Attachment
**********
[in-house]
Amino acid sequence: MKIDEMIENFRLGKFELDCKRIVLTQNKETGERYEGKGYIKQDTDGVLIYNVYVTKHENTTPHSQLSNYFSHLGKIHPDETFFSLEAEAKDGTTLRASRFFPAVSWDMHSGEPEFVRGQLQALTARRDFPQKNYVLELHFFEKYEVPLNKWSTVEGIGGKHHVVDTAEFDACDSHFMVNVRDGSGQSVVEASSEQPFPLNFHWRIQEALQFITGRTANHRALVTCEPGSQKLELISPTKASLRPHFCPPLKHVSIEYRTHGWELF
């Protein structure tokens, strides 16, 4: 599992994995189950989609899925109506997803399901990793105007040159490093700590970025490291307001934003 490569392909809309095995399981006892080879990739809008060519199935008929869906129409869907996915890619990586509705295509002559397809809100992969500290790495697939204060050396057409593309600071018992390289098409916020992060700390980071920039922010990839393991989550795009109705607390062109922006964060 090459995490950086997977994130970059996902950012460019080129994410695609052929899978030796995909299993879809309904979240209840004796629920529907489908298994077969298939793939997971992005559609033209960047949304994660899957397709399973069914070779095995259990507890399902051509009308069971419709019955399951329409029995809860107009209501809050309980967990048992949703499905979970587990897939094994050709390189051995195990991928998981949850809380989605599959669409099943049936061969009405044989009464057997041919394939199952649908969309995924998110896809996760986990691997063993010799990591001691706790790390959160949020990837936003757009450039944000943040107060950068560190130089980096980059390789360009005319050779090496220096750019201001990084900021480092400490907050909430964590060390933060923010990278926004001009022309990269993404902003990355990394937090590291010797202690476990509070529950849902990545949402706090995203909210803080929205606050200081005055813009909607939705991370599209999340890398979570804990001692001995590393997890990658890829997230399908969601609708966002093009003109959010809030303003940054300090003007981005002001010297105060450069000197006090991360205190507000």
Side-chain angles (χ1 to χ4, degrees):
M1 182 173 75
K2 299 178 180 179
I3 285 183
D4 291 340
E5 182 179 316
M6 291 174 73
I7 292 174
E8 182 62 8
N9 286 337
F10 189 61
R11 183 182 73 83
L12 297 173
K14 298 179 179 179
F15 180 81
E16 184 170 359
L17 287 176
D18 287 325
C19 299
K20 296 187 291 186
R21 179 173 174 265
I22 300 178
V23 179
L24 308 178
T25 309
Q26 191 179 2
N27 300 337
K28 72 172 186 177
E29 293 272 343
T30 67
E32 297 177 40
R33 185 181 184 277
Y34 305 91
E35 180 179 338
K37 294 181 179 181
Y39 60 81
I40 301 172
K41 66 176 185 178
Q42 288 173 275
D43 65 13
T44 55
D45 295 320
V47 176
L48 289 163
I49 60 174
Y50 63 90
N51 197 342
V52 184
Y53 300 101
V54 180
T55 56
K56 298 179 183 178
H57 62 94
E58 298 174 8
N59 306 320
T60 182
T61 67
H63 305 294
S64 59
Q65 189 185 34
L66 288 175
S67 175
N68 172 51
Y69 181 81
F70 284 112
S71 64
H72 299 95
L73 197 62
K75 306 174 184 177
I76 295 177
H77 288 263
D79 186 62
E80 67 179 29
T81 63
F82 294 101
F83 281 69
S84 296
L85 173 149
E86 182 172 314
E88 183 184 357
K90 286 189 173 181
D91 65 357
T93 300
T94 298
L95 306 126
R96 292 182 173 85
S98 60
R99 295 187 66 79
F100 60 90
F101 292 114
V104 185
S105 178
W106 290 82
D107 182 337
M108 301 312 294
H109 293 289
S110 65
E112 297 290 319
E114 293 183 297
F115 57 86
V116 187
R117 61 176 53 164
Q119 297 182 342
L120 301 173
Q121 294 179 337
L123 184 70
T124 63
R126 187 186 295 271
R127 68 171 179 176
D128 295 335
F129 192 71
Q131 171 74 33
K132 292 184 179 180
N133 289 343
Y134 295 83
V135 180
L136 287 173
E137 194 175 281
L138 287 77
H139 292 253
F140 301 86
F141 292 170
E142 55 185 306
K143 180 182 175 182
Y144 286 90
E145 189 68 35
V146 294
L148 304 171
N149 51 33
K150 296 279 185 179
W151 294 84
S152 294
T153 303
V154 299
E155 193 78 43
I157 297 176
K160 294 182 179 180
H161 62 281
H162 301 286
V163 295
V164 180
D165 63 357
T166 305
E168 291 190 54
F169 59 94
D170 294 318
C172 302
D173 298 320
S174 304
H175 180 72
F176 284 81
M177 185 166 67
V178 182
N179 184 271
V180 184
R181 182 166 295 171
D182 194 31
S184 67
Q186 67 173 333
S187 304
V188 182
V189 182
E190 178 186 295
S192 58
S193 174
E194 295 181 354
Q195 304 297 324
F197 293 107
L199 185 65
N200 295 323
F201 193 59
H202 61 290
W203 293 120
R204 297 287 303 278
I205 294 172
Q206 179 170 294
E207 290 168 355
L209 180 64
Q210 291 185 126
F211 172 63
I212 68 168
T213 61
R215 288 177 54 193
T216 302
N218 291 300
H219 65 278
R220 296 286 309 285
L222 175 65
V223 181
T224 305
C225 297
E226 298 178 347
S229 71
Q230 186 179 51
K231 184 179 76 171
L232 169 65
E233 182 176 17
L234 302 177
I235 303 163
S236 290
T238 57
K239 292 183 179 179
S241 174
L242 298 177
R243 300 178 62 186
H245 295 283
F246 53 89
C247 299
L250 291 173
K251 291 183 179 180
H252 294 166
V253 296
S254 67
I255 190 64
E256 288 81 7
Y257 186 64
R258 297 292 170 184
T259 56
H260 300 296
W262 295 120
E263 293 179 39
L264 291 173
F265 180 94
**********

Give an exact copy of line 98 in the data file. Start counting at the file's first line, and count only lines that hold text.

M108 301 312 294